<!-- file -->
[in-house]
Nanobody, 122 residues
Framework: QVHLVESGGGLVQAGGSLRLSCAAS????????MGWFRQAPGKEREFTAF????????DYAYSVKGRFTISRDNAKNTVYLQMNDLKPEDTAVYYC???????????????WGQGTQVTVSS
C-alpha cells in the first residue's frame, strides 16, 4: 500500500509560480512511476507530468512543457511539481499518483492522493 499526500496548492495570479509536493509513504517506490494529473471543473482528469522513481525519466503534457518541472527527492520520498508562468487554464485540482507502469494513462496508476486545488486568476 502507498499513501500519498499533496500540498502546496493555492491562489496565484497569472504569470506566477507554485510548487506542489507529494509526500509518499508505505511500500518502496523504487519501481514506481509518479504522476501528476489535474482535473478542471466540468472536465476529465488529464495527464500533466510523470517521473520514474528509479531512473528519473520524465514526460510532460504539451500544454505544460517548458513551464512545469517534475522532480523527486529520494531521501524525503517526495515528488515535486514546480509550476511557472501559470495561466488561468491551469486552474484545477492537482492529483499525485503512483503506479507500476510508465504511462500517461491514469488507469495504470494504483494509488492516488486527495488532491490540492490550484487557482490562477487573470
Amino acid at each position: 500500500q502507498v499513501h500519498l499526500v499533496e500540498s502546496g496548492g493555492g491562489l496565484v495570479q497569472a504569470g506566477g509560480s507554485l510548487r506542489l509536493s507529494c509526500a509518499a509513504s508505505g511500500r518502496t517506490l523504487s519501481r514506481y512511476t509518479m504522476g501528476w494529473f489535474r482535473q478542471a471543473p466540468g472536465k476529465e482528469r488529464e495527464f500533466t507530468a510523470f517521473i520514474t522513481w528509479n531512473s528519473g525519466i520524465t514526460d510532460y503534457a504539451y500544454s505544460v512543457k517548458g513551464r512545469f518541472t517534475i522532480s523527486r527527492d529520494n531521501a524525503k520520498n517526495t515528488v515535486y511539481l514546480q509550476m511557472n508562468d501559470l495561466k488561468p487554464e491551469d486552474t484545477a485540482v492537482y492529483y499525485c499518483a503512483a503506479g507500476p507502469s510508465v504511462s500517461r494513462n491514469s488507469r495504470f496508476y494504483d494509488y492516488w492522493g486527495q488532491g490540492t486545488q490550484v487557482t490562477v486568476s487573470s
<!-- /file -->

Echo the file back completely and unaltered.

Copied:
[in-house]
Nanobody, 122 residues
Framework: QVHLVESGGGLVQAGGSLRLSCAAS????????MGWFRQAPGKEREFTAF????????DYAYSVKGRFTISRDNAKNTVYLQMNDLKPEDTAVYYC???????????????WGQGTQVTVSS
C-alpha cells in the first residue's frame, strides 16, 4: 500500500509560480512511476507530468512543457511539481499518483492522493 499526500496548492495570479509536493509513504517506490494529473471543473482528469522513481525519466503534457518541472527527492520520498508562468487554464485540482507502469494513462496508476486545488486568476 502507498499513501500519498499533496500540498502546496493555492491562489496565484497569472504569470506566477507554485510548487506542489507529494509526500509518499508505505511500500518502496523504487519501481514506481509518479504522476501528476489535474482535473478542471466540468472536465476529465488529464495527464500533466510523470517521473520514474528509479531512473528519473520524465514526460510532460504539451500544454505544460517548458513551464512545469517534475522532480523527486529520494531521501524525503517526495515528488515535486514546480509550476511557472501559470495561466488561468491551469486552474484545477492537482492529483499525485503512483503506479507500476510508465504511462500517461491514469488507469495504470494504483494509488492516488486527495488532491490540492490550484487557482490562477487573470
Amino acid at each position: 500500500q502507498v499513501h500519498l499526500v499533496e500540498s502546496g496548492g493555492g491562489l496565484v495570479q497569472a504569470g506566477g509560480s507554485l510548487r506542489l509536493s507529494c509526500a509518499a509513504s508505505g511500500r518502496t517506490l523504487s519501481r514506481y512511476t509518479m504522476g501528476w494529473f489535474r482535473q478542471a471543473p466540468g472536465k476529465e482528469r488529464e495527464f500533466t507530468a510523470f517521473i520514474t522513481w528509479n531512473s528519473g525519466i520524465t514526460d510532460y503534457a504539451y500544454s505544460v512543457k517548458g513551464r512545469f518541472t517534475i522532480s523527486r527527492d529520494n531521501a524525503k520520498n517526495t515528488v515535486y511539481l514546480q509550476m511557472n508562468d501559470l495561466k488561468p487554464e491551469d486552474t484545477a485540482v492537482y492529483y499525485c499518483a503512483a503506479g507500476p507502469s510508465v504511462s500517461r494513462n491514469s488507469r495504470f496508476y494504483d494509488y492516488w492522493g486527495q488532491g490540492t486545488q490550484v487557482t490562477v486568476s487573470s